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How Long Does A Lawsuit Take? (With an Infographic)

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A common question when filing a claim is, how long will my lawsuit take? There is no one size fits all answer for how long a lawsuit might take, but every lawsuit will go through the same basic steps. Below we have outlined in detail what each step typically is and what you can expect throughout the legal process.

How Long Does A Personal Injury Lawsuit Take?

We encourage you to carefully evaluate the above graphic but also want to provide some of the details covered above.

How Long Does a Lawsuit Take?

Personal injury lawsuits require varying time periods to resolve. Some cases are settled quickly, while other more complex cases may take many months or even longer to resolve. Some of the factors that influence the length of time it takes to settle an injury case include the court schedules where the legal action is pending, the complexity of the suit, the nature of the injuries suffered by the victim and the need for ongoing medical treatment, as well as other factors.

Essentially, Each Injury Case Moves Through the Same Series of Steps:

1. Finding and Hiring An Attorney

This step is extremely important, particularly in cases of serious or catastrophic injury.

2. The Investigation

An investigation into the facts is initiated directly after you have retained counsel. Specific data will be collected like:

  • Get accident report
  • Collect medical records & identify injuries
  • Additional care & treatment recommendations, if needed.
  • Determine insurance
  • Write up letter of Retention

3. Ensuring the Patient Gets All Recommended Care and Treatment

It is imperative that the injured person has access to any treatment or care that has been recommended by the medical professionals who assessed his or her condition.

4. Determining the Insurance the At-Fault Party Carries

The insurance company of the responsible party is contacted and the policy limits identified.

5. Pre-Suit Negotiations

The facts are shared with an insurance adjuster, in an effort to get the case resolved quickly and fairly.

A fair settlement offer may be presented at this stage in a percentage of cases. It can be accepted if the client and lawyer agree the offer is fair. An initial settlement offer at a fair level occurs in some cases, and when it does, the offer is accepted and the case is concluded.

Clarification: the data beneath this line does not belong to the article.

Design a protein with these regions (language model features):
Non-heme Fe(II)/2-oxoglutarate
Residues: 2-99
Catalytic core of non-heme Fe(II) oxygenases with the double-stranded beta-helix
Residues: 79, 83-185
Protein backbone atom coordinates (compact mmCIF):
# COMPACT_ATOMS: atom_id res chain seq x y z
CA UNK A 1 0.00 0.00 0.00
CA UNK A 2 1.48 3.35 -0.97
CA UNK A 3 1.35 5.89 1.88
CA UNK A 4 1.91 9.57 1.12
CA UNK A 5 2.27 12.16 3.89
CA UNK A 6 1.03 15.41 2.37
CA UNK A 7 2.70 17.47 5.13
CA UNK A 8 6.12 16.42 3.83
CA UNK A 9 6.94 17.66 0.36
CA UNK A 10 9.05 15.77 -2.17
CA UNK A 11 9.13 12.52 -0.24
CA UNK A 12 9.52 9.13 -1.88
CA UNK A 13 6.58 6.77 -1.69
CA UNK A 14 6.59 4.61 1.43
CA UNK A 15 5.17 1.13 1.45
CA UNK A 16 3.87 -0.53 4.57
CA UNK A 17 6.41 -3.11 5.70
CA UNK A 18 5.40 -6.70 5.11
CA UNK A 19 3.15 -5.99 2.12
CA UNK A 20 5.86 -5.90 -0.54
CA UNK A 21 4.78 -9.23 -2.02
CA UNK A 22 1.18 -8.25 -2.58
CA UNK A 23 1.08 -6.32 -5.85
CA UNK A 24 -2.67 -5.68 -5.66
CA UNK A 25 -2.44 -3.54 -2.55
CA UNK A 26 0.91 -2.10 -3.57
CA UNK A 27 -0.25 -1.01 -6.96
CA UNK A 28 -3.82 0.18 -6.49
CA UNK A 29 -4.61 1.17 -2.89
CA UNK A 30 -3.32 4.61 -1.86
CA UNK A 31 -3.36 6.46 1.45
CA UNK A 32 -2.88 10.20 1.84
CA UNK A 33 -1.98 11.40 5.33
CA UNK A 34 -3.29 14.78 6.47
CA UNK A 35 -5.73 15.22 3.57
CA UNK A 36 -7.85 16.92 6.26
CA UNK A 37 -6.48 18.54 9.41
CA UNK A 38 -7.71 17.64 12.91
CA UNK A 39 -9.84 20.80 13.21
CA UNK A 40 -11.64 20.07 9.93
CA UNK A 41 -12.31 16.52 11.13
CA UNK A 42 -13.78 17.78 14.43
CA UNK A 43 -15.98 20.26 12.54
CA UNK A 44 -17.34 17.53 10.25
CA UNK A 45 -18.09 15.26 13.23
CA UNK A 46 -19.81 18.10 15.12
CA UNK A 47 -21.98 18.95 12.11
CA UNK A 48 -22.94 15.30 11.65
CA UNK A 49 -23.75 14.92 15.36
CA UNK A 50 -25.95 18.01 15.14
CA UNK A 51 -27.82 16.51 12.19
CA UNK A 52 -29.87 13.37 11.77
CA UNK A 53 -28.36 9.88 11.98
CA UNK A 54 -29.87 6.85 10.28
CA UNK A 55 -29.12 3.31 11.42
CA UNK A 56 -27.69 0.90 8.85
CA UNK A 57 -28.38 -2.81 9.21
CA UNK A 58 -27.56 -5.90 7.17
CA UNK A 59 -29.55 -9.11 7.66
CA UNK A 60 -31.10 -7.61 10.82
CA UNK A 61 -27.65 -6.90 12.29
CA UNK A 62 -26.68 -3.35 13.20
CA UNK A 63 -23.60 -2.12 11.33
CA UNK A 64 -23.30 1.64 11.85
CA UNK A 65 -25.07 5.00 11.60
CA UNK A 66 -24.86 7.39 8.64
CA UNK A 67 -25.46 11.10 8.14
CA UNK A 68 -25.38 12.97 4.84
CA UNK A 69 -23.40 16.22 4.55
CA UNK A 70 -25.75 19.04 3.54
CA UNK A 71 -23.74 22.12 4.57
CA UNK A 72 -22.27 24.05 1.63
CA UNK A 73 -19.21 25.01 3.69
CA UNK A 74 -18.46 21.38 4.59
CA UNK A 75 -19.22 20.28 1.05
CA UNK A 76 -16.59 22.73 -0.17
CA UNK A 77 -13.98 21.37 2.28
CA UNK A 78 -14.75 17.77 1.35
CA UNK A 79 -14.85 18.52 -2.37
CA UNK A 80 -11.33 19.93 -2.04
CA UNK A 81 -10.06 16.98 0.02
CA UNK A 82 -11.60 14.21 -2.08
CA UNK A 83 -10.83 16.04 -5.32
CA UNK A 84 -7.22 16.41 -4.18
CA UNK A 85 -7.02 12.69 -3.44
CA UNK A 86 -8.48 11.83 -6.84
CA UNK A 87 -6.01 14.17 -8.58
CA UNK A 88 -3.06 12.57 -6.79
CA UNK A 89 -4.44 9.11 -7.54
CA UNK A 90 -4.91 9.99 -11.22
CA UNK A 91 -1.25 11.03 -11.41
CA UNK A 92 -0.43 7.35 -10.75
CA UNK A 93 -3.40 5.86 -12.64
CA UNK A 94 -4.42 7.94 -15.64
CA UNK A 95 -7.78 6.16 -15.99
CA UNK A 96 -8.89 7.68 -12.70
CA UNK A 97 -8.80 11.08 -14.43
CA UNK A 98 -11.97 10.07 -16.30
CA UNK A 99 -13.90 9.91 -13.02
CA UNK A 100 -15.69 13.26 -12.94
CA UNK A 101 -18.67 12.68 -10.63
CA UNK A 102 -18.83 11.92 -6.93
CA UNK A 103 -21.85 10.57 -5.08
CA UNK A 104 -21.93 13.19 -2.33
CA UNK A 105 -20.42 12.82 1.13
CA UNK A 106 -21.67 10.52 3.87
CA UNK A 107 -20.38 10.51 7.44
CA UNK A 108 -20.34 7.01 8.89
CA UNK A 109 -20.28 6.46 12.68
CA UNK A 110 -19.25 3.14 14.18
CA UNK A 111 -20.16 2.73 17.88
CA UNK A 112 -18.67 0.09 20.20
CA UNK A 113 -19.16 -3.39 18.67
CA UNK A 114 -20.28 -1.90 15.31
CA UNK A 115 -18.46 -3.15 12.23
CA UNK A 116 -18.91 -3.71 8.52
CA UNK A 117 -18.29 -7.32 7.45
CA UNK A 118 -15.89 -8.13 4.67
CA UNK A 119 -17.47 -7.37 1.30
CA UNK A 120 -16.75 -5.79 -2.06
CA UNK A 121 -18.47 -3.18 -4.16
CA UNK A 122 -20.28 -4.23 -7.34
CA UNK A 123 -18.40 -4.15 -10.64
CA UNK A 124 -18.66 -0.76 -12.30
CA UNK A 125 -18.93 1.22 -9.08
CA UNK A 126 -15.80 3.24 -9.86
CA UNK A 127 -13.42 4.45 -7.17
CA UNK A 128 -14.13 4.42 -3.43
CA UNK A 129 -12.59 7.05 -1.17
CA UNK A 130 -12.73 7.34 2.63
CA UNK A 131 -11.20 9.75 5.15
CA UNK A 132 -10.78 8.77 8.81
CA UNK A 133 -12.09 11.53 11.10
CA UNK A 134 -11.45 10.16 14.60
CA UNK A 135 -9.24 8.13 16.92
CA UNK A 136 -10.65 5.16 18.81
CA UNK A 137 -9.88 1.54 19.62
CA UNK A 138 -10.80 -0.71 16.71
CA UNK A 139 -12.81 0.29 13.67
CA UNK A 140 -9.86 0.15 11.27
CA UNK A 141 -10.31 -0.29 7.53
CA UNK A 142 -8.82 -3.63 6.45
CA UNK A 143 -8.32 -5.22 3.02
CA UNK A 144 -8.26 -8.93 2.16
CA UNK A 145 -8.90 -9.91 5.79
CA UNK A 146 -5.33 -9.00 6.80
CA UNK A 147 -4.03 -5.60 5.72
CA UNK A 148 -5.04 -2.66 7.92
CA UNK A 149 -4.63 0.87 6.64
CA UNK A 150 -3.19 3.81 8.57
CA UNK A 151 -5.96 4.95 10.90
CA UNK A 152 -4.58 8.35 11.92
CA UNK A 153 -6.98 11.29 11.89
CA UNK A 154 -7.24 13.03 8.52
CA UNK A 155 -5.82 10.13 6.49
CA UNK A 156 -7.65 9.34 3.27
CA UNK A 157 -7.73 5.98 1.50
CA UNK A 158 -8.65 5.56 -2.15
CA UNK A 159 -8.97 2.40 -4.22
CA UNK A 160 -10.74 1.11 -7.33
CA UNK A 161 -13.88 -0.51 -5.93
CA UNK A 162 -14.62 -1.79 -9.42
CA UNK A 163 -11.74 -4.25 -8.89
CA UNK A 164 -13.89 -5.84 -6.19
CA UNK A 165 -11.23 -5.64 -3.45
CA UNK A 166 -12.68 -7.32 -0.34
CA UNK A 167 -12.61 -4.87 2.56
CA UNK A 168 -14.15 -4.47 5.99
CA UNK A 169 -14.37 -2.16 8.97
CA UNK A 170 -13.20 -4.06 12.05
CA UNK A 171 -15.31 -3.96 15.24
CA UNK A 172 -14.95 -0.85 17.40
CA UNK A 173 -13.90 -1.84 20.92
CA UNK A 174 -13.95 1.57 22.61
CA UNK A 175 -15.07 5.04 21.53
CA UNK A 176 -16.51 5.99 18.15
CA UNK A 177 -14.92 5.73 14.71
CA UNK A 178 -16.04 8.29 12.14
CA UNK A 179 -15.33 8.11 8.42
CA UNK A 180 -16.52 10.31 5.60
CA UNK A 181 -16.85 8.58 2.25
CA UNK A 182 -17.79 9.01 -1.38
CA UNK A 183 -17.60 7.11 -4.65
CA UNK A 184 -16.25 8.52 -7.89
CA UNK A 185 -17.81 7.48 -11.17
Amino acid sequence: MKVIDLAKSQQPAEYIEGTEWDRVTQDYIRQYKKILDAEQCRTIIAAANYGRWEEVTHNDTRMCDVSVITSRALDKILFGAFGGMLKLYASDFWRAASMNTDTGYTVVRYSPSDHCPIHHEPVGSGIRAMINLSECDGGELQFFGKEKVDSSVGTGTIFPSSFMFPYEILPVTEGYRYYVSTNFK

6. Filing the Lawsuit

If the insurance company does not make a fair settlement offer, a lawsuit will be filed.

7. Discovery

This process includes:

  • Interrogatories
  • Depositions
  • And developing witness lists and sharing this information with the opposing counsel.

8. Case Evaluation

Prior to the trial, the case is submitted to a panel that is tasked with evaluating the claim.

If the amount determined by the panel is acceptable to the injured person, the case is resolved at this point. If not, the case proceeds to trial. This occurs about 50% of the time.

9. Preparing for Trial

The case is carefully prepared for presentation to a jury, with all relevant facts regarding the degree of the injuries, the long-term consequences to the victim, the facts surrounding the negligence of the responsible party, and all other details.

10. Verdict Settlement

The case is presented in court, the jury reaches a verdict, and the settlement is awarded to the injured party and becomes a court order.

Calculating a Personal Injury Settlement: How Do You Find Out How Much Your Case is Worth?

There are various calculations that must be undertaken to determine the value of a personal injury claim.

A person who has been injured by the acts of another party has the right to recover damages of various types. Such as:

  • Auto Accidents
  • Motorcycle Accidents
  • Medical Malpractice
  • Dog Bite
  • Disabilities
  • Slip and Fall

All of these damages are carefully evaluated, often with the help of:

  • Medical experts
  • Accounting experts
  • Or other professionals

Who may be needed, based upon the degree of the injuries suffered.

The damages pursued include, but are not limited to:

  • Doctor Bills
  • Hospital Bills
  • Ambulance Costs
  • Nursing Care
  • Medical Equipment Costs
  • Transportation
  • Rehabilitation Costs
  • Loss of Income from Work
  • Pain and Suffering
  • Estimated Future Financial Losses
  • Loss of Consortium
  • Emotional Anguish

Under Michigan law section 600.294A, there is a statutory limit of $500,000 on the amount of non-economic damages that can be paid to a victim in a product liability case.

The state also employs the legal concept of comparative negligence as outlined in section 600.2959 in which the percentage of fault in an accident will affect the value of the settlement paid to the injured person.

If you have questions about how much your case is worth, we invite you to contact Goodman Acker P.C. The firm provides legal services on a contingency fee basis, and has recovered millions in damages for the injured. With 30 years of experience at trial, you can be confident that your legal representation is highly skilled, effective, and has a long track record of results.

Call now or use our online form to submit facts about your injury case. We respond quickly, and we are dedicated to pursuing justice for the injured in Michigan.

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